THE big decline in Australian slaughter activity this year was again in clear evidence in February beef export figures released by the Department of Agriculture this afternoon.
Monthly exports reached 90,774 tonnes, almost 15 percent or 15,280t short of consignments sent this time last year when processors got back to work early after their Christmas break as drought pressures pushed large numbers of cattle forward.
On top of an extremely slow January export figure of 58,300t, it represents easily the slowest start to Australia’s beef export year since the two extremely wet years of 2011 and 2012, when producers held cattle back to make the most of the feed bonanza, and flooding and road closures took a toll.
So far this calendar year, exports to all markets have totalled just over 149,000t. This time last year the figure was already close to 174,000t.
Recent trade numbers are in stark contrast with December, when exports beef shipments hit 112,500t at the end of a record throughput year.
US rise encouraging
While exports to the United States in February looked encouraging, they still pale in comparison with the same period last year. February exports to east and west coast US ports reached 26,488t, 57pc or 10,400t higher than January.
But this time last year, grinding meat trade into the US was tearing along at breakneck pace, hitting almost 38,000t as big Australian cow kills surged forward.
Calendar year to date, exports to the US have reached 43,336t, little more than two thirds the consignment rate seen in the same January-February period last year.
Japanese trade down, Korea rises
Australia’s monthly shipments to Japan for February reached 17,834t, significantly better than January, but 25pc lower than February last year.
Japanese buyers are understood to be letting stocks run down while they see what happens with Australian meat prices heading into the busy demand period associated with Golden Week festivities in April.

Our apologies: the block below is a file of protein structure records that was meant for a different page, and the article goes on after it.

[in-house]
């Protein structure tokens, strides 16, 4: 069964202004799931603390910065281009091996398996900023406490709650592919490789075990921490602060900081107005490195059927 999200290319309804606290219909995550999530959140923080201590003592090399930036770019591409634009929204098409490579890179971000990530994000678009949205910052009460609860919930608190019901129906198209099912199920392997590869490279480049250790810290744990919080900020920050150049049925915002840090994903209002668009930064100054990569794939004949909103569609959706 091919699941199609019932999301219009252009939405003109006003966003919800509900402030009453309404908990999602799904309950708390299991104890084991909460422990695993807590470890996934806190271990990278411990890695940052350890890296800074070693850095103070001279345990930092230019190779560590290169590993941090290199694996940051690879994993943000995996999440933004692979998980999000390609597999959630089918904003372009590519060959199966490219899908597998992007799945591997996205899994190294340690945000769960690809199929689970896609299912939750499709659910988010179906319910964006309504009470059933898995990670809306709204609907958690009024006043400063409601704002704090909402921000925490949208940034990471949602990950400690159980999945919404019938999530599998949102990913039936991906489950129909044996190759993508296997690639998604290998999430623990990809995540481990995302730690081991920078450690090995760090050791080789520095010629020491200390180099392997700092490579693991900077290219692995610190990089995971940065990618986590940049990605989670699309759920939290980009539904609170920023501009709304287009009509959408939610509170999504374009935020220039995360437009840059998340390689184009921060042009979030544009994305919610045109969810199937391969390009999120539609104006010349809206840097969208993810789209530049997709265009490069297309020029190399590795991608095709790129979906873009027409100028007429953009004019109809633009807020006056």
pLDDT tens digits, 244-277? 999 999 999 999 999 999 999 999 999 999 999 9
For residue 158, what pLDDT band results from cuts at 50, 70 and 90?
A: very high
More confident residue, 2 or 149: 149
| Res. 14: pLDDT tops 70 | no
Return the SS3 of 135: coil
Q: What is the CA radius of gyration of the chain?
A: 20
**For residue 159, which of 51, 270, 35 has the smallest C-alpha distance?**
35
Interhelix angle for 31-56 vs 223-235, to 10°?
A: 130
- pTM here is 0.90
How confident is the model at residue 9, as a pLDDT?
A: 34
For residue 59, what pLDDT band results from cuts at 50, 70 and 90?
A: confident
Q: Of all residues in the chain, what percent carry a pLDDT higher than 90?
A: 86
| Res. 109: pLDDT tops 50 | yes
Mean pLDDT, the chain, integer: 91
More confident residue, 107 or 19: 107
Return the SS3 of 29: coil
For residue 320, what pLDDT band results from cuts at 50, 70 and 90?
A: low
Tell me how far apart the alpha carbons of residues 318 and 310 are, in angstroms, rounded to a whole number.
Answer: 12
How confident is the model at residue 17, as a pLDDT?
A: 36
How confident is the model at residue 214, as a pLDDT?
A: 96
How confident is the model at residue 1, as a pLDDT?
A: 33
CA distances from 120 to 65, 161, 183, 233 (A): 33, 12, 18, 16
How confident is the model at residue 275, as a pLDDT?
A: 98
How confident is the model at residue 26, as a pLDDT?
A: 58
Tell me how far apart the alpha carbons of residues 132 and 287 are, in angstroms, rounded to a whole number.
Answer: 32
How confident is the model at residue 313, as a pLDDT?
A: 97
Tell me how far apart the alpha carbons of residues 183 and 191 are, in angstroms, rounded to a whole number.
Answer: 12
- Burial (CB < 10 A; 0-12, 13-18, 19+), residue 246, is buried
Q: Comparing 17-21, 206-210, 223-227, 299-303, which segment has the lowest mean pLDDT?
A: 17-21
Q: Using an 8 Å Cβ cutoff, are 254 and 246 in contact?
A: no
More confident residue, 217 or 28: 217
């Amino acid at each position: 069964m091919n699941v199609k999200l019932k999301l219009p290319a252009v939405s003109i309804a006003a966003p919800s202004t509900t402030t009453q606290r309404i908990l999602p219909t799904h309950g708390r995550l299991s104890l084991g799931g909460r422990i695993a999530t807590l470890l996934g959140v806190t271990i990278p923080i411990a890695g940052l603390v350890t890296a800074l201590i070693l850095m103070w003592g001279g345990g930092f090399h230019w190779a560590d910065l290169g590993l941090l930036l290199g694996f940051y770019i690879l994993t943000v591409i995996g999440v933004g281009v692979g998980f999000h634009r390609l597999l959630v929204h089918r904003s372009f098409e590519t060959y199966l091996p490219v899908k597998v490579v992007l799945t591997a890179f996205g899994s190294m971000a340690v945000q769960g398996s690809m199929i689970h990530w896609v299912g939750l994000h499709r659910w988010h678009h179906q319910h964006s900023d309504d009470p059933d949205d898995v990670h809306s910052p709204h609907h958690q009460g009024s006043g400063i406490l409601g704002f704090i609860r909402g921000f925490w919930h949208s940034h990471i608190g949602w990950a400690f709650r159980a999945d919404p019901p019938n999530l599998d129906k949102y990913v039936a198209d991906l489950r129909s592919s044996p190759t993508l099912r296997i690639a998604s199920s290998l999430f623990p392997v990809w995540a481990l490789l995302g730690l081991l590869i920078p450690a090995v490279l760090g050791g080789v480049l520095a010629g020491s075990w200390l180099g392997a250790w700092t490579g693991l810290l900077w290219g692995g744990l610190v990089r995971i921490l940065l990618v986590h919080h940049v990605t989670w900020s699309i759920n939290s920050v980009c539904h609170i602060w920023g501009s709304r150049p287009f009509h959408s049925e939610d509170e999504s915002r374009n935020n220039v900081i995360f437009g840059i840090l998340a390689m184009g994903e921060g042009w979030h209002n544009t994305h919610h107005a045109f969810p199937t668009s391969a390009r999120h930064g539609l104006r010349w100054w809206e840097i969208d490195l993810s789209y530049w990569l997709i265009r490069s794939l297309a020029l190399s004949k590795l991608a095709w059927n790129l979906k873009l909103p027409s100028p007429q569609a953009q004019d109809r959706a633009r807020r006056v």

Calendar year-to-date trade, totalling 29,400t, is down more than 10,000t on the January-February period last year. It comes despite the considerable tariff advantage to Australian beef under the Japan-Australia Economic Partnership Agreement. In the current year ending March 31 a tariff of 31.5pc applies on Australian chilled beef, and 28.5pc for frozen. With no trade agreement in place, the US still pays the full 38.5pc tariff.
Most other key export markets also reflected the overall tonnage decline in Australia’s January beef exports.
An exception was export trade to South Korea last month, reaching 15,358 tonnes, up about one third on January and about 20pc higher than February last year.
Export trade with China has also slowed, for two reasons – shorter production in Australia, and vigorous competition from new export competitor, Brazil, which was granted access to China last year (see beef Central’s earlier story).
February exports totalled 8368 tonnes, compared with almost 10,000t this time last year.
Other markets mixed
Australia’s total export trade to the European Union last month reached 2034t, up about 35pc on the previous month, and 300t better than last year.
The Middle East region reflected the overall decline in export activity in the early part of the year with volumes at 3323t for February, down about 14pc year-on-year.
Indonesia took almost 5200t of Australian beef in January – a sharp 20pc rise from January, and 15pc higher than last year.